Catholic Transcript Magazine of the Roman Catholic Archdiocese of Hartford Connecticut

As we celebrate the 175th Anniversary of the Archdiocese, we look back… on July 17, 1891 when Bishop Lawrence S. McMahon dedicated St. Bernard Church, Enfield.
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From the Most Reverend Leonard P. Blair, (November 18, 2015)

Archbishop of Hartford

I write this reflection as Paris’ death toll nears 130 people – mostly young concert-goers, soccer fans and Parisians who thought they were going to enjoy Friday night out. Instead, they died as innocent victims at the hands of militant extremists, and France experienced the deadliest violence to strike the country since World War II, or what some journalists have called France’s version of 9/11.

How does the world make sense of the atrocities when the ‘City of Light’ faces such darkness? Moreover, how do we as Christians respond to the murderous hate and hideous carnage of terrorism?

First, let us pray for our brothers and sisters who died senselessly and tragically, and for their families now grieving and grappling with emotions ranging from sorrow to anger to fear. Let us send our loving light to those who have been physically injured and acknowledge the medical professionals who helped in their rescue and care. Let’s include in our intercessions prayers for all those around the world who are the victims of terrorism, violence and religious persecution.

As Catholics we firmly believe that acts of terrorism and violence never serve to praise God.

We honor our heavenly Father and each other whenever we choose to remain faithful, loving agents of peace. Even as we do what is necessary to defend ourselves and others, we have to remember Our Lord’s words: “Love your enemies and pray for those who persecute you, so that you may be sons of your Father who is in heaven.” And we certainly cannot judge all refugees from Syria, who are themselves the victims of terror, on the basis of some individual acts.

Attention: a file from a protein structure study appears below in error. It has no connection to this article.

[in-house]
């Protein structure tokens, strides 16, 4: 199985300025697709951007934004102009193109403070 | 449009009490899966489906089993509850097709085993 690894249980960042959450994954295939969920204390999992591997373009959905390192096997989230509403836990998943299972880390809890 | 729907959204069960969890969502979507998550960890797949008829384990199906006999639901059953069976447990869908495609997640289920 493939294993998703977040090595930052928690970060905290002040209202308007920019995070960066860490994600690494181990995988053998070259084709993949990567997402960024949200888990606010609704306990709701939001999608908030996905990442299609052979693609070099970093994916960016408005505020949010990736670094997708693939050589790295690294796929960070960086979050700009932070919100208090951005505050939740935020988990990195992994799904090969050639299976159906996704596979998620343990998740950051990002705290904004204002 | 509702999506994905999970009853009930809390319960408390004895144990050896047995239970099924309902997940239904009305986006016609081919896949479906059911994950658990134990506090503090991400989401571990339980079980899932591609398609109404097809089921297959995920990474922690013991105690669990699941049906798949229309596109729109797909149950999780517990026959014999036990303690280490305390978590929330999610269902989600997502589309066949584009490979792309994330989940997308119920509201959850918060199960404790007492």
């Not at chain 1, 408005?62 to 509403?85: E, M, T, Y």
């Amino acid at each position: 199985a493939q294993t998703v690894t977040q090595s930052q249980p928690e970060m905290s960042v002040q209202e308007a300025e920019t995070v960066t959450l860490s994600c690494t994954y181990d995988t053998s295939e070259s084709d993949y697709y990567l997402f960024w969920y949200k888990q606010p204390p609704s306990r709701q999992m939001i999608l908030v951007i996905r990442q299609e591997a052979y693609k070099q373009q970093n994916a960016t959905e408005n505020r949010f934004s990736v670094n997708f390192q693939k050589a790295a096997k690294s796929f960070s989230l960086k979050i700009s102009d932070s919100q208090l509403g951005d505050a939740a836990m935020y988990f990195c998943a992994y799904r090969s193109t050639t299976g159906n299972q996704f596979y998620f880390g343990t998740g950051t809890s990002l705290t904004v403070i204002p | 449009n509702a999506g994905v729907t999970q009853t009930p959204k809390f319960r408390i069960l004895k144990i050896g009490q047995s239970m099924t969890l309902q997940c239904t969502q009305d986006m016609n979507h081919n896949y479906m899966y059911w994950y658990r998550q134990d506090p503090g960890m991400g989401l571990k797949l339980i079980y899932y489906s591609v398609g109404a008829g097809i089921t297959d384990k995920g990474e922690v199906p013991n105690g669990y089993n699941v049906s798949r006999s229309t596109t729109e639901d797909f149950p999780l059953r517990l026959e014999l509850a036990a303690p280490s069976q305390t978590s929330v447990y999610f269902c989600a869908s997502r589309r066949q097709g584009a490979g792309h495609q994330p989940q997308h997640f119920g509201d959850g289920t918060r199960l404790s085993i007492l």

As an Archdiocesan family of faith, may we call upon the bond of humanity and help raise Paris up to the Light of God’s unconditional love and mercy. To the people of France, please know that we mourn with you and hold dear the lives lost from many countries, including our own.

alertAt the Spring Assembly of the U.S. bishops, Cardinal Joseph Tobin suggested that a delegation ofbishops go to the border to see for themselves what was happening to newly arrived immigrants, families and children. On July 1 and 2, Cardinal Daniel DiNardo, president of the U.S. bishops conference, and five other bishops conducted a pastoral visit to the diocese of Brownsville, Texas. Stops included Mass at the Shrine of Our Lady of San Juan del Valle with the community, a visit to anHHS/OBR Shelter and Mass for the families there, a visit to the Customs and Border Patrol processing center in McAllen, TX, and a press conference at the end of their visit. Catholic News Service accompanied the bishops on their border trip. 

  1. Backgrounder and analysis of the bishops’ trip to the border: Cardinal DiNardo told CNS, “You cannot look at immigration as an abstraction when you meet” the people behind the issue.
  2. At final press conference, Cardinal Daniel Dinardo said the church was willing to be part of any conversation to find humane solutions because even a policy of detaining families together in facilities caused “concern.”
  3. Bishops serve soup to immigrant families at a center run by Catholic Charities and listen to their stories. Scranton Bishop Joseph Bambera said he found hope in hearing the people in the room talk about what’s ahead. They didn’t speak of making money but of finding safety for their children, he said, driven by “the most basic instinct to protect your family.”
  4. At an opening Mass he Basilica of Our Lady of San Juan del Valle-National Shrine near McAllen, Texas, Bishop Daniel Flores of Brownsville told Massgoers, “The bishops are visiting here so they can stop and look and talk to people and understand, especially the suffering of many who are amongst us,”

A delegation of U.S. bishops goes on a fact-finding mission at the U.S.-Mexican border to learn more about Central American immigration detention.

Following their visit to an immigrant detention center, U.S. bishops said they are even more determined to call on Congress for comprehensive immigration reform.